NYU Black Renaissance Noire Volume 18 Issue 3 - Fall 2018 - Page 66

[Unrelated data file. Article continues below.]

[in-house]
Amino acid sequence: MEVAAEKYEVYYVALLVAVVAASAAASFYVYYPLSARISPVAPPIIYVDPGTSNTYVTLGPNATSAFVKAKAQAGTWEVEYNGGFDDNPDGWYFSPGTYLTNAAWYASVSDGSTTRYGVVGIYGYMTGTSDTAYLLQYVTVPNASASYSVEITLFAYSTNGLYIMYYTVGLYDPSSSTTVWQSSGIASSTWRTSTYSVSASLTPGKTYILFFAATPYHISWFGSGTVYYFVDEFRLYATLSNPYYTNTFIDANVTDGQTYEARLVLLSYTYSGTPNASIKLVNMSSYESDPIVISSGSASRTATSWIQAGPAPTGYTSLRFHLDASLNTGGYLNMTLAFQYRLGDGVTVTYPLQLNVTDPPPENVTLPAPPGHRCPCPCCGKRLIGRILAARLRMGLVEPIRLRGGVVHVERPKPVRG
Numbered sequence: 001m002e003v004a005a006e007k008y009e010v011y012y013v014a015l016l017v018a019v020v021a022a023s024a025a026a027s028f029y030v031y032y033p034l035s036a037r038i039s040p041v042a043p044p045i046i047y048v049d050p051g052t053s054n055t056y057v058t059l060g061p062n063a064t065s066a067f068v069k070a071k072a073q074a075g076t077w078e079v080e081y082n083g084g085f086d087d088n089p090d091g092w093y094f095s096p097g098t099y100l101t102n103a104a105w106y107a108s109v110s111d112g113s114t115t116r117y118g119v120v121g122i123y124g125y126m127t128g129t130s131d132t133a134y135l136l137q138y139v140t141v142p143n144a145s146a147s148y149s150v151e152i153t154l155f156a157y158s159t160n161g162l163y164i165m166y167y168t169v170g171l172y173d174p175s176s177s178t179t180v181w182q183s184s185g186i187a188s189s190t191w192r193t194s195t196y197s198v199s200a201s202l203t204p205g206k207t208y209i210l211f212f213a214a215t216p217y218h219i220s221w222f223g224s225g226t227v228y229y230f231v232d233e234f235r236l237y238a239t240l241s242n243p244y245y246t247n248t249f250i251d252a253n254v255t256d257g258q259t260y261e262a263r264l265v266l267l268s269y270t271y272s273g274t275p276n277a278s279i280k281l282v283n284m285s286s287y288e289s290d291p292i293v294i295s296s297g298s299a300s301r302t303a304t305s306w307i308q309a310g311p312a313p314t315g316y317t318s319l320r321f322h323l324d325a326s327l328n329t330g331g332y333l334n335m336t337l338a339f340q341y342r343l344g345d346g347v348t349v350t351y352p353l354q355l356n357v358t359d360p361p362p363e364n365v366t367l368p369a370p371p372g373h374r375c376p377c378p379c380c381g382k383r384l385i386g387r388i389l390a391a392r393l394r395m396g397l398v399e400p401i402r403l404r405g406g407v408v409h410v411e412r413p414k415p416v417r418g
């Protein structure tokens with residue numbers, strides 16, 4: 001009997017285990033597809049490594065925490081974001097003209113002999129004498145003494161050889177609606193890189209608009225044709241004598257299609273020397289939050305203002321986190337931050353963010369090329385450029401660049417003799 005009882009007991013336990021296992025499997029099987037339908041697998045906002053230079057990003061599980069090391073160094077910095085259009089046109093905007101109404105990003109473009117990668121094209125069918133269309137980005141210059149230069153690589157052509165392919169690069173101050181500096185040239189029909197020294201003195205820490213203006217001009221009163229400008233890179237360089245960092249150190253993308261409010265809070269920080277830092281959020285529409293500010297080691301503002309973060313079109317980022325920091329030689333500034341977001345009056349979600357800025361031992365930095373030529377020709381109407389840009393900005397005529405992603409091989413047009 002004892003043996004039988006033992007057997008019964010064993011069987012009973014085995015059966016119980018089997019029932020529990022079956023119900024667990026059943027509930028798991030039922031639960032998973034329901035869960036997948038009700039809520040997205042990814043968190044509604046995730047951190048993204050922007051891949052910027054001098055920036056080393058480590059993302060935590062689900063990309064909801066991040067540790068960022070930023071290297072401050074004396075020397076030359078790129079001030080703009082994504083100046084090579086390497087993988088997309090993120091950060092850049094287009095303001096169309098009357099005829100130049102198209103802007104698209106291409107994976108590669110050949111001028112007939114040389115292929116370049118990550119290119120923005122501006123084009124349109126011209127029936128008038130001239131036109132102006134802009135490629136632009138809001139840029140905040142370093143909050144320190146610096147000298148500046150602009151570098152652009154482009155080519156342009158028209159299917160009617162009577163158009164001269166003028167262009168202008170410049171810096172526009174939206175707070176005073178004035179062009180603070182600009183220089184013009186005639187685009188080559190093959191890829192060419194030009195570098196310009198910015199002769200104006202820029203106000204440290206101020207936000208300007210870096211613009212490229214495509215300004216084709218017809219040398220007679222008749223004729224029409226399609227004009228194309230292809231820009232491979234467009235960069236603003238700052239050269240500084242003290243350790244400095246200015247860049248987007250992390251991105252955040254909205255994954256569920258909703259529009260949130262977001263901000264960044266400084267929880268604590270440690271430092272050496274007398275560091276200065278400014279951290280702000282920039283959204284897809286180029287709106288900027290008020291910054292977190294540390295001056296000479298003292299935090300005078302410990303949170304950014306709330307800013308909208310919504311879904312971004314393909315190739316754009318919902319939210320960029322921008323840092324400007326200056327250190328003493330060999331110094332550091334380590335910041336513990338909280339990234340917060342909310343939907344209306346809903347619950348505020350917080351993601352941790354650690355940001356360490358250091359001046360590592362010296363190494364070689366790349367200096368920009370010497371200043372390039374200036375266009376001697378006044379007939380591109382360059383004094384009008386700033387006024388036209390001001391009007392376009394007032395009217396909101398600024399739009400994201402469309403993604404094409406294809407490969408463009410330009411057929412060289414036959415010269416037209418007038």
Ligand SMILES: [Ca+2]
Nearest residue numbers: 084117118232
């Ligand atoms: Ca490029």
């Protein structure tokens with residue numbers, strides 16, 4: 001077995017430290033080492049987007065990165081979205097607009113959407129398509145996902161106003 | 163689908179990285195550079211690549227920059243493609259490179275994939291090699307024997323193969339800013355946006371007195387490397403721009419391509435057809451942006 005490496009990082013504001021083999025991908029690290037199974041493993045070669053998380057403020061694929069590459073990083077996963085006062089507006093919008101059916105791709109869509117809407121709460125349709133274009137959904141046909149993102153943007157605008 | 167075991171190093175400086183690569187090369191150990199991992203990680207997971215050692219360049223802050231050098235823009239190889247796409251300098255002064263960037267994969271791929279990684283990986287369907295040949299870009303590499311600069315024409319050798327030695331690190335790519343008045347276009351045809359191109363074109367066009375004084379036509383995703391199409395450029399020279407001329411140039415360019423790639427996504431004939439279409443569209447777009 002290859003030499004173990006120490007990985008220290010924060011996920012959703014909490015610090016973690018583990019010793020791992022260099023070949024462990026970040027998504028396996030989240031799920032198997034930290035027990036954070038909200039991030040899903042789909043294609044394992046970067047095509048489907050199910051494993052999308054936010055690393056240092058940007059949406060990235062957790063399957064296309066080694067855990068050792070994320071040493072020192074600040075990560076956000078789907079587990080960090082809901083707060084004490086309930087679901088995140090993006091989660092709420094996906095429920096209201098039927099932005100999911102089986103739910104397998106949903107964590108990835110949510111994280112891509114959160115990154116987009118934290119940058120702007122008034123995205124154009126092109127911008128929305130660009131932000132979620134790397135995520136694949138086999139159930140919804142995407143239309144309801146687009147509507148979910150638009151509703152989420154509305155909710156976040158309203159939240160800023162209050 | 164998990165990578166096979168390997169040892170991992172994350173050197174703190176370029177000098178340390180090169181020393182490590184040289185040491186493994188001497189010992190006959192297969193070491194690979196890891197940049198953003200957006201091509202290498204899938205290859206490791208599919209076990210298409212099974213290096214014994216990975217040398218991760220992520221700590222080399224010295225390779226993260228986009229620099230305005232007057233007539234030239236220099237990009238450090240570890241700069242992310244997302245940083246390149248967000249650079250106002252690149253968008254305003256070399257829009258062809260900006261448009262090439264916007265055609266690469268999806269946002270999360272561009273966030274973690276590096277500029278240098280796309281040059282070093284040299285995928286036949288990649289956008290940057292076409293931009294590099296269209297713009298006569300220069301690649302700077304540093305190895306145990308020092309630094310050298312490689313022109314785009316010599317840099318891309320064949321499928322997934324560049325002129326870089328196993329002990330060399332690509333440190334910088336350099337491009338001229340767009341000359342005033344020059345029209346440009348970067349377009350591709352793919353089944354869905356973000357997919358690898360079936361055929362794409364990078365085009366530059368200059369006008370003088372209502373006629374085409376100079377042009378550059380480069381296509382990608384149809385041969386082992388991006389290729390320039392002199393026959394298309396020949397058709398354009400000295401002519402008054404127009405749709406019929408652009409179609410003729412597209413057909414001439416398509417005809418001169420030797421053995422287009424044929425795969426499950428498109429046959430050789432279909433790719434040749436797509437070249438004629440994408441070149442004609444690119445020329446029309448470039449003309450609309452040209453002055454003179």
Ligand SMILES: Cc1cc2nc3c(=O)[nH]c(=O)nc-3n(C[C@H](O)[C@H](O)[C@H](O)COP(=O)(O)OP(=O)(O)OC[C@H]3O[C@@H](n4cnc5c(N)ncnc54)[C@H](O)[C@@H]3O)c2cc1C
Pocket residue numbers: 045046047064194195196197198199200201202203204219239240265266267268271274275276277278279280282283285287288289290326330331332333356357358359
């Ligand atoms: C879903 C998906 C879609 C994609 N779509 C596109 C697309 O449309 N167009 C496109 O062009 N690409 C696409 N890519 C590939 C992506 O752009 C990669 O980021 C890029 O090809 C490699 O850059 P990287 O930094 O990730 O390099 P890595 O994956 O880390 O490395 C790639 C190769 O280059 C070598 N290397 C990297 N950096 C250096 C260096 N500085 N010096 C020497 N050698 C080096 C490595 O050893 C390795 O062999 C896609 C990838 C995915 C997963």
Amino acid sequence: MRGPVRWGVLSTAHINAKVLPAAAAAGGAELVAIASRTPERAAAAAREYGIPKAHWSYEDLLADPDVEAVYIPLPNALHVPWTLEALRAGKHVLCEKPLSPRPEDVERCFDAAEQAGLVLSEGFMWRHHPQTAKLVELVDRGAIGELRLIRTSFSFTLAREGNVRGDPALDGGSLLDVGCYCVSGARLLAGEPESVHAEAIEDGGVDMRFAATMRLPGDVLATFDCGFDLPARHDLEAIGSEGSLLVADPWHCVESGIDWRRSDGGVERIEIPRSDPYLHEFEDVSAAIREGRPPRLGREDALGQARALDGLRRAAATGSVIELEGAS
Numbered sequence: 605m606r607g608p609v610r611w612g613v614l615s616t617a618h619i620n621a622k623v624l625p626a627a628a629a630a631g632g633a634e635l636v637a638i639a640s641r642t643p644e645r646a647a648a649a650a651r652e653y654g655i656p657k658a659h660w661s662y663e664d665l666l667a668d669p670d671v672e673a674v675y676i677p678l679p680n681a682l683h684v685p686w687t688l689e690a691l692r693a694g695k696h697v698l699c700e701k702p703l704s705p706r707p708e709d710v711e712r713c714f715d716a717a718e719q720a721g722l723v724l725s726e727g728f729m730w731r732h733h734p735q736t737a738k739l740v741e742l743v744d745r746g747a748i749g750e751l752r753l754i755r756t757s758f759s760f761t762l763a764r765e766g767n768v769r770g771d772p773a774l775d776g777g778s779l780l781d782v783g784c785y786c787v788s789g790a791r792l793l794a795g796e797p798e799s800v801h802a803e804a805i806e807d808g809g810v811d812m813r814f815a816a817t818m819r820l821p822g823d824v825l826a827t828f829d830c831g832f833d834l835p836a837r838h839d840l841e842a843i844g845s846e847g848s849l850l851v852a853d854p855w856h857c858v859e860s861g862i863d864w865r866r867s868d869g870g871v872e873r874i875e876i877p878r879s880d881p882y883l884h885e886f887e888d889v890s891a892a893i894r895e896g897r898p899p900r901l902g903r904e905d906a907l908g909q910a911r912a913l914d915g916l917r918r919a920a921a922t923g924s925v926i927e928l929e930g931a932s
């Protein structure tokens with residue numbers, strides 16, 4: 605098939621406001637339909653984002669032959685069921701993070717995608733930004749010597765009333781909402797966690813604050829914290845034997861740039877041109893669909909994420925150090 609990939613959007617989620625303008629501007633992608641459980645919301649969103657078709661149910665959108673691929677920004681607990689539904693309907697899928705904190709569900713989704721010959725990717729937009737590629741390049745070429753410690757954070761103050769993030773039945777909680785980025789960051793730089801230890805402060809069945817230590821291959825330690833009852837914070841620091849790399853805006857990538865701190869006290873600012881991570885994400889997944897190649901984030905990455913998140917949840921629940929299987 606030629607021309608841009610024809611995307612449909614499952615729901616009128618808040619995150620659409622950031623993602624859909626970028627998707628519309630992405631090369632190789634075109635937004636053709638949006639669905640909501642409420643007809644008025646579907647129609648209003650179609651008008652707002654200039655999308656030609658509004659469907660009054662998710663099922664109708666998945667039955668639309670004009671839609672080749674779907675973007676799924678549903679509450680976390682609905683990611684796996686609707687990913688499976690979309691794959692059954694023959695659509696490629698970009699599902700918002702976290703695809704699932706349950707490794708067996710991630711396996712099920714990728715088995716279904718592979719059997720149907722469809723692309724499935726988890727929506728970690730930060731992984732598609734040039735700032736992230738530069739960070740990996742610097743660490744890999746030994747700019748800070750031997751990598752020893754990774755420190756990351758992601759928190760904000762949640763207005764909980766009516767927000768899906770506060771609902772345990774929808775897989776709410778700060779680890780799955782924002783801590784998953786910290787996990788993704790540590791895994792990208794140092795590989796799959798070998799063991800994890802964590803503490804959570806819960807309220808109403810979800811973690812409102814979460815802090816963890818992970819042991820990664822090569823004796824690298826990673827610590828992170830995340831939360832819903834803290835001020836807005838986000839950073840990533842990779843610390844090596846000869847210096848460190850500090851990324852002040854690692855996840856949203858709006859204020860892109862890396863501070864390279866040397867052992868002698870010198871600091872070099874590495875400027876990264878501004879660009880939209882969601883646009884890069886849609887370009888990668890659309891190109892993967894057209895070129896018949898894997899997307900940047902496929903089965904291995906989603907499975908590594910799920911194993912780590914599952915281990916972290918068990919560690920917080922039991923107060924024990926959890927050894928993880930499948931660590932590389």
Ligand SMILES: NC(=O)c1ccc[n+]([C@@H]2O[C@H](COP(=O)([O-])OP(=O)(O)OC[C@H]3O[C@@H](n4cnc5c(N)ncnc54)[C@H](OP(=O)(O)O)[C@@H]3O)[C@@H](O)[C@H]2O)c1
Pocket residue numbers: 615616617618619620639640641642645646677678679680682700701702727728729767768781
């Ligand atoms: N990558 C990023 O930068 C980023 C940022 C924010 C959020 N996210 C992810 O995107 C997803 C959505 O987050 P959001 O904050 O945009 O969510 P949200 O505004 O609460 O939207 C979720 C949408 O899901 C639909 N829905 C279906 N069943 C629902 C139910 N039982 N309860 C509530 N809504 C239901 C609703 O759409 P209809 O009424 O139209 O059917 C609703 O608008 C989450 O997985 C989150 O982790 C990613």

“Black Beauty” T R A N S L A T O R ’ S N O T E S : Your breasts of black satin the blood pulsating, racing your arms, supple, long the sinew showing through, burnished and your eyes smiling their bright whites against the deep night of your skin rouses in me tonight the muted rhythms of hands beating a soft recitative rhythms from over there, in Guinea the rhythms that intoxicate our sisters there black nude rhythms that wake in me tonight — African twilights falling, voluptuous and heavy — 1 Armstrong, Louis Daniel: Jazz trumpeter, cornetist, bandleader and vocalist born in New Orleans in 1901, Armstrong achieved international prominence as the most innovative and inventive cornetist and trumpeter of the first half of the 20th century, and is credited with having developed the unique Jazz singing style known as scat. He portrayed himself and characters based on himself and musicians of his generation in film and film shorts. Originally known among friends as Satchelmouth, soon abbreviated to Satchmo, he was later also known as Pops, a term of respect and recognition of his senior status among musicians. Along with studies of the impact of his playing, singing and performing methods and style, biographies and studies of his career in the context of American racism continue to be published. Armstrong died in his adopted home of Queens, New York in 1971. 2 Goffin, Robert (1898–1984) was a Belgian poet, attorney turned Jazz aficionado, and author of Louis Armstrong: le roi du Jazz (Pierre Seghers, 1947), published in the US as Horn of Plenty: the Story of Louis Armstrong (Allen, Towne & Heath, 1947), as well the earlier La Nouvelle-Orleans: Capitale Du Jazz (1945) and Histoire du Jazz (1945). 3 “Shine”: The song by African American lyricist-composer Cecil Mack (1873–1944) and composer Ford Dabney (1883–1958) was originally published in 1910 by Mack’s Gotham-Attucks Music Publishing Company, and introduced by Aida Overton Walker in the 1911 Broadway musical, His Honor the Barber. Mack’s original lyrics include the seldom sung lines: “….I was strolling down the line / When someone shouted, ‘Fellas, hey! Come on and pipe the shine!’….because my color’s shady / …. / That’s why they call me Shine!” Recorded by Armstrong in 1931 (Odeon) and later performed in the film short, Rhapsody in Black and Blue, (UM&M TV Corp., 1932), the song became an Armstrong signature. for the soul of that black land where the ancients sleep lives and speaks tonight 4 case: The French word, case, meaning “small house,” in New Orleans musicians’ hip-speak of Armstrong and musicians of his generation was typically one’s “crib,” a term dating to Storyville (1897) music halls and cabarets. in the restless power curled at the small of your back in the slow seduction of your proud gait trailing — as you go by — the wild call of the night that swells that answers the pulse of the tam -tams fevered, deep for in your voice, above all your voice that vibrates and weeps and remembers tonight the soul of the black land where the ancients sleep 5 lévriers: Literally, greyhounds, the word is translated here as bloodhounds, the dogs used to track, hunt and capture escaping slaves in the United States. m 7 morne/s: The word for “hill or bluff ,” in Antillean Creole, refers to a particular geological and geographical feature of the Caribbean, and frequently appears in place names of Guiana. 8 bois: Informal usage of boisson, “a drink” (from boire, “to drink”). 9 bûcher/s: The word has the double meaning, as a noun, of “woodshed” and of “funeral pyre.” As a verb, it means “to work hard,” “to grind,” as in the expression used by Jazz musicians, “wood-shedding” “being on fire,” and “burning up.” Brenda Marie Osbey New Orleans 6 Danglemont, Richard: Afrofrancophone Caribbean literary figure, possibly an editor or literary sponsor, or patron of the Négritude era? (Any useful information is appreciated.)